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Posted by: Stacey Shrader Joslin on Aug 30, 2013

Court: TN Supreme Court

Attorneys 1:

J. Houston Gordon and Amber Nicole Griffin Shaw, Covington, Tennessee, for the appellant, Aundrey Meals, as Natural Parent, Guardian, and Next Friend of William Meals.

Attorneys 2:

Lawrence C. Mann, Troy, Michigan (at trial); Sandra Giannone Ezell and Michelle B. Scarponi, Richmond, Virginia (at trial); John Randolph Bibb, Jr. and Ryan Nelson Clark, Nashville, Tennessee (at trial and on appeal); Robert Francis Chapski, Nashville, Tennessee (on appeal); and Christopher T. Handman and Sean M. Marotta, Washington, D.C. (on appeal), for the appellee, Ford Motor Company.

Judge(s): LEE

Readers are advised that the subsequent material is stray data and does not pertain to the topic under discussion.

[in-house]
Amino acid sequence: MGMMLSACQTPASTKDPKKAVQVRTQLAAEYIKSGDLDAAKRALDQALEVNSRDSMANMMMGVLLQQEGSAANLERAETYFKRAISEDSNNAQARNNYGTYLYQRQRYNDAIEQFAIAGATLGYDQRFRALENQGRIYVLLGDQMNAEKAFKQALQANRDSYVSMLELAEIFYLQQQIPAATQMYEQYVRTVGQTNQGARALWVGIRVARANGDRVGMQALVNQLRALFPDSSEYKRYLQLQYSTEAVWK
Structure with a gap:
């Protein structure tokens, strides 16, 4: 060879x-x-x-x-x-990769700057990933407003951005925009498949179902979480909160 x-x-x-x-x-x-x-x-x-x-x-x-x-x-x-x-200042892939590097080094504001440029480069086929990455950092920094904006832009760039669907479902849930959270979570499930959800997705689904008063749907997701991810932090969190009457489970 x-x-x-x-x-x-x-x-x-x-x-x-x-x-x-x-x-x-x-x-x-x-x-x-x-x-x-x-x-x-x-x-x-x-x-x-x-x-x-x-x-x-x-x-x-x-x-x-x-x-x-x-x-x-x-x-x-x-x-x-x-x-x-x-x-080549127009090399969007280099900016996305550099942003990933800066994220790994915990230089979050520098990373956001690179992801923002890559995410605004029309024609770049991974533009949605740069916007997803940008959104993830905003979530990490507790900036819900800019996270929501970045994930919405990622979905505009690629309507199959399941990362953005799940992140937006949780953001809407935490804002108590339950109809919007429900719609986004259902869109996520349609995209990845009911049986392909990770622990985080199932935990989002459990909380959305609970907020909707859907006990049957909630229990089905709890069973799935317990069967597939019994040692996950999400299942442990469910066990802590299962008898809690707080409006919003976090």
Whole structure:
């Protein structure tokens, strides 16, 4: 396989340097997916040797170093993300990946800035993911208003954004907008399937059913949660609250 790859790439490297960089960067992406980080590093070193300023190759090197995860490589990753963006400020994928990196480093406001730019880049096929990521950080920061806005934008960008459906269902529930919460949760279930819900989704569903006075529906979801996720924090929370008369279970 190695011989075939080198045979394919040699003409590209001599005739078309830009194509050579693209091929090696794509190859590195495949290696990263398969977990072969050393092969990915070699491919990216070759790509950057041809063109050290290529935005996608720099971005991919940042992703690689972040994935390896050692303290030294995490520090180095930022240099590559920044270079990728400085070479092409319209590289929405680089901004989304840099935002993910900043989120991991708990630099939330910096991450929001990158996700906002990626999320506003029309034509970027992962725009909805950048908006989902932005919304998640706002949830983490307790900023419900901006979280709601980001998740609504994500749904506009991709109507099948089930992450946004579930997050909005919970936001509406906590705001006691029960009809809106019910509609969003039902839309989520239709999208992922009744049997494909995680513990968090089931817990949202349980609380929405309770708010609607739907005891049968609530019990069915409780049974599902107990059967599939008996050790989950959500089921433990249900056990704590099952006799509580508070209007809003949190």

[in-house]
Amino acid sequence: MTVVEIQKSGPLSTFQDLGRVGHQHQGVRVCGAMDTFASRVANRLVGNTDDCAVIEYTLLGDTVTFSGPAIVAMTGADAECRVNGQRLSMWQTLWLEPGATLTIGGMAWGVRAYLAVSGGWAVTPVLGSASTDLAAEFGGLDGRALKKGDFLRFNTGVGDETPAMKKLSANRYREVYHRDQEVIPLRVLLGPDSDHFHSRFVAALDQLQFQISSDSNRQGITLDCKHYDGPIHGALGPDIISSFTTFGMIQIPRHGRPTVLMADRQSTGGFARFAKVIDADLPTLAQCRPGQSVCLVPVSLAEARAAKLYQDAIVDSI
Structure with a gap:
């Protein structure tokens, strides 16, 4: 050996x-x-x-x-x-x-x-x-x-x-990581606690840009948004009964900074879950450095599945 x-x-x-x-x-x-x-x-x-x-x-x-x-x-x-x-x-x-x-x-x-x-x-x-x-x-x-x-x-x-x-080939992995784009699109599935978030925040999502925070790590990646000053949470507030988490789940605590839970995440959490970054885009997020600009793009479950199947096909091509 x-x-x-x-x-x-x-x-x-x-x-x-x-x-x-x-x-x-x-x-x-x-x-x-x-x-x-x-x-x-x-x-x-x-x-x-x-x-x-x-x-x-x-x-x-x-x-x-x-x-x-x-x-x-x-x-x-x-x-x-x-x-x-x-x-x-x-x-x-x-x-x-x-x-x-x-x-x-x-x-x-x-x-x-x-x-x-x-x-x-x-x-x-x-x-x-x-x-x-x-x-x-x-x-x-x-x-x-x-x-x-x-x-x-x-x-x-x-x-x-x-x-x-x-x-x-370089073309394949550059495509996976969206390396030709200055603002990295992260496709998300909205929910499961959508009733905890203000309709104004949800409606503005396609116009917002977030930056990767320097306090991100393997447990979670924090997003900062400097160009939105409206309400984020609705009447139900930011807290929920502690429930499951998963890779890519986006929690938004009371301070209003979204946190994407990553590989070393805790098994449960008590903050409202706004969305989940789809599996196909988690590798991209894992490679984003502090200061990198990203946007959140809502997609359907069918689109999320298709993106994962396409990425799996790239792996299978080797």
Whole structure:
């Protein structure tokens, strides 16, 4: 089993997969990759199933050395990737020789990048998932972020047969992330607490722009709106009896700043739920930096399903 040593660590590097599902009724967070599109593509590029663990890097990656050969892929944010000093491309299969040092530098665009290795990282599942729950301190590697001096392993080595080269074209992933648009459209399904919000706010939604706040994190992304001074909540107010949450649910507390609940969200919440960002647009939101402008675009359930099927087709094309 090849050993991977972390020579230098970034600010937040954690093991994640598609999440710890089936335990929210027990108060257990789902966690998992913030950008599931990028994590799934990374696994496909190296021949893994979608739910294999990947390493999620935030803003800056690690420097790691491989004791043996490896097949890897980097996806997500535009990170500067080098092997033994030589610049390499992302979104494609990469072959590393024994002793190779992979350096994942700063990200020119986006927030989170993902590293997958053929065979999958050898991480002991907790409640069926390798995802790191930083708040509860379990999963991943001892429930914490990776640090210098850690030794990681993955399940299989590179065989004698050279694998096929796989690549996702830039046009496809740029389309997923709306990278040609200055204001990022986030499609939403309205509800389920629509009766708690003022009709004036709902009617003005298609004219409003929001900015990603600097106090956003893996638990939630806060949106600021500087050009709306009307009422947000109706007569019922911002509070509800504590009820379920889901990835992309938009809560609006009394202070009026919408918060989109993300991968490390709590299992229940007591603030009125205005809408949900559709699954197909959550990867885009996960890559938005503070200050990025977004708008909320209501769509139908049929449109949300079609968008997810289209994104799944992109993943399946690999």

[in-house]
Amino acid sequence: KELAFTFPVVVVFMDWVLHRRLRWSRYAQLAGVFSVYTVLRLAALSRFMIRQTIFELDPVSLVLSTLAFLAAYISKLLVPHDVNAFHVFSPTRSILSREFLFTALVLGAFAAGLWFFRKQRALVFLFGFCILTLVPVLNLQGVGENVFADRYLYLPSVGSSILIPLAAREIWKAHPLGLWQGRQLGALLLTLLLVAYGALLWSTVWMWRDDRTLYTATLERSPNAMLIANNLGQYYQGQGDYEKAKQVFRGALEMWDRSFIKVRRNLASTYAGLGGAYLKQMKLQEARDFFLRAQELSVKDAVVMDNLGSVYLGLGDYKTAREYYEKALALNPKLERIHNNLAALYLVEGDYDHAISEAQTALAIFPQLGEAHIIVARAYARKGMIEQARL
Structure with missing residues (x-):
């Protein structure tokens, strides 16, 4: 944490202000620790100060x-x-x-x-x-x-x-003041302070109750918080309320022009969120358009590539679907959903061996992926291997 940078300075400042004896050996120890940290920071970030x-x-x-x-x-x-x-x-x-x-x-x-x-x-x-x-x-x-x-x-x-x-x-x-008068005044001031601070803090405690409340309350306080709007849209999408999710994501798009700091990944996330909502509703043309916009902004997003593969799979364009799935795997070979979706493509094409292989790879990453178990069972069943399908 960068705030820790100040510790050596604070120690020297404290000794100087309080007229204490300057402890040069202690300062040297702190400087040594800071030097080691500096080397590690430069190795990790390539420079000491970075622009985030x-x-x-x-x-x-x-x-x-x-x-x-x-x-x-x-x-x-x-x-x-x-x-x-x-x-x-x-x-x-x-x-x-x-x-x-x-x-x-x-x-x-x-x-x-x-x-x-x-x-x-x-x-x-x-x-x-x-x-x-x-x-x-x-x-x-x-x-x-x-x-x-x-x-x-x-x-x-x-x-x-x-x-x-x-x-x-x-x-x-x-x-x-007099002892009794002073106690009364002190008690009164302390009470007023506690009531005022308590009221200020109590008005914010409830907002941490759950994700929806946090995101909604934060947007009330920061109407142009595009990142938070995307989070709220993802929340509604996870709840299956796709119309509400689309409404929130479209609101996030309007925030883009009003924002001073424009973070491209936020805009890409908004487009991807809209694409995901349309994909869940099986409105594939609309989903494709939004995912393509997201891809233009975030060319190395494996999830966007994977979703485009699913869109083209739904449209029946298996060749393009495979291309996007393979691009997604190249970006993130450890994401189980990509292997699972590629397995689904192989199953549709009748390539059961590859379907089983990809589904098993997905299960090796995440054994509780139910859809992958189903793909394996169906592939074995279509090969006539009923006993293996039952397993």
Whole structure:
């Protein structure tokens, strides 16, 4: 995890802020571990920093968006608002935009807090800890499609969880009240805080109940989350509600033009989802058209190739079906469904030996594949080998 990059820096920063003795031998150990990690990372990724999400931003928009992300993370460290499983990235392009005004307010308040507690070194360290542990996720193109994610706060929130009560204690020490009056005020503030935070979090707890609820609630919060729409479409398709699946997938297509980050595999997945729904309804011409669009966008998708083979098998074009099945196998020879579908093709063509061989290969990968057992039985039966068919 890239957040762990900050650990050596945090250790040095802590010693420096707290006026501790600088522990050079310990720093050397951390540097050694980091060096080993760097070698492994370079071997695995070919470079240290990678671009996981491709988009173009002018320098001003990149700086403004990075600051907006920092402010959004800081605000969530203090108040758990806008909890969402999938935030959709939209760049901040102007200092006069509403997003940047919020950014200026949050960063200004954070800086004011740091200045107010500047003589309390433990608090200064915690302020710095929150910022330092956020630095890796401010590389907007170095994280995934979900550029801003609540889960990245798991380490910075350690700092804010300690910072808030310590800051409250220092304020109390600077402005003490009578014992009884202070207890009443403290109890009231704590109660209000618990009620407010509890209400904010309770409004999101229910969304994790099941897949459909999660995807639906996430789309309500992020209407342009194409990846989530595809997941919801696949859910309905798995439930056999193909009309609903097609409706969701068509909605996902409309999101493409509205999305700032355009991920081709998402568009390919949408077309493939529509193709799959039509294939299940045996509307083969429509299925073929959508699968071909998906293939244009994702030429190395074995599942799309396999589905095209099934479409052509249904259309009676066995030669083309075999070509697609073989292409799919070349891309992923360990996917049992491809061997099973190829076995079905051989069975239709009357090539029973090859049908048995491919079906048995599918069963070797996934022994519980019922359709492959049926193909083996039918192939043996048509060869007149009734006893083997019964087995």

A six-year-old boy’s spine was fractured in a car wreck when the force of the impact caused him to jackknife over his lap seatbelt and pushed the seatbelt into his stomach and against his spine. The child’s mother filed suit on his behalf against Ford Motor Company (“Ford”), alleging that the defective design of the seatbelt and Ford’s failure to warn of a potential danger caused the child’s permanent paralysis and other enhanced injuries. A jury returned a $43.8 million verdict for compensatory damages, finding Ford to be 15% at fault and two non-parties 85% at fault. Ford’s share of the verdict, based on its degree of fault, was $6,570,000. The jury awarded no punitive damages. Ford moved for a new trial, arguing that the verdict was excessive. The trial court denied the motion for new trial and affirmed the verdict in its capacity as thirteenth juror. The Court of Appeals, in a divided opinion, ruled that the verdict was excessive and remanded to the trial court with a suggestion of remittitur from $43.8 million to $12.9 million, a 70.55% reduction. The suggested remittitur, if the plaintiff accepted it, would reduce Ford’s share of the verdict to $1,935,000. Meals ex rel. Meals v. Ford Motor Co., No. W2010-01493-COA-R3-CV, 2012 WL 1264454, at *18- 21 (Tenn. Ct. App. Apr. 13, 2012). We hold that the Court of Appeals had the authority to suggest a remittitur even though Ford did not request a remittitur. We further hold that the Court of Appeals erred in remitting the verdict to $12.9 million. Having taken the strongest legitimate view of all the material evidence in favor of the verdict, assuming the truth of all that supports it, allowing all reasonable inferences, and discarding any to the contrary, we hold that the jury’s verdict was supported by material evidence and was within the range of reasonableness. The judgment of the Court of Appeals is reversed and the jury’s verdict is reinstated.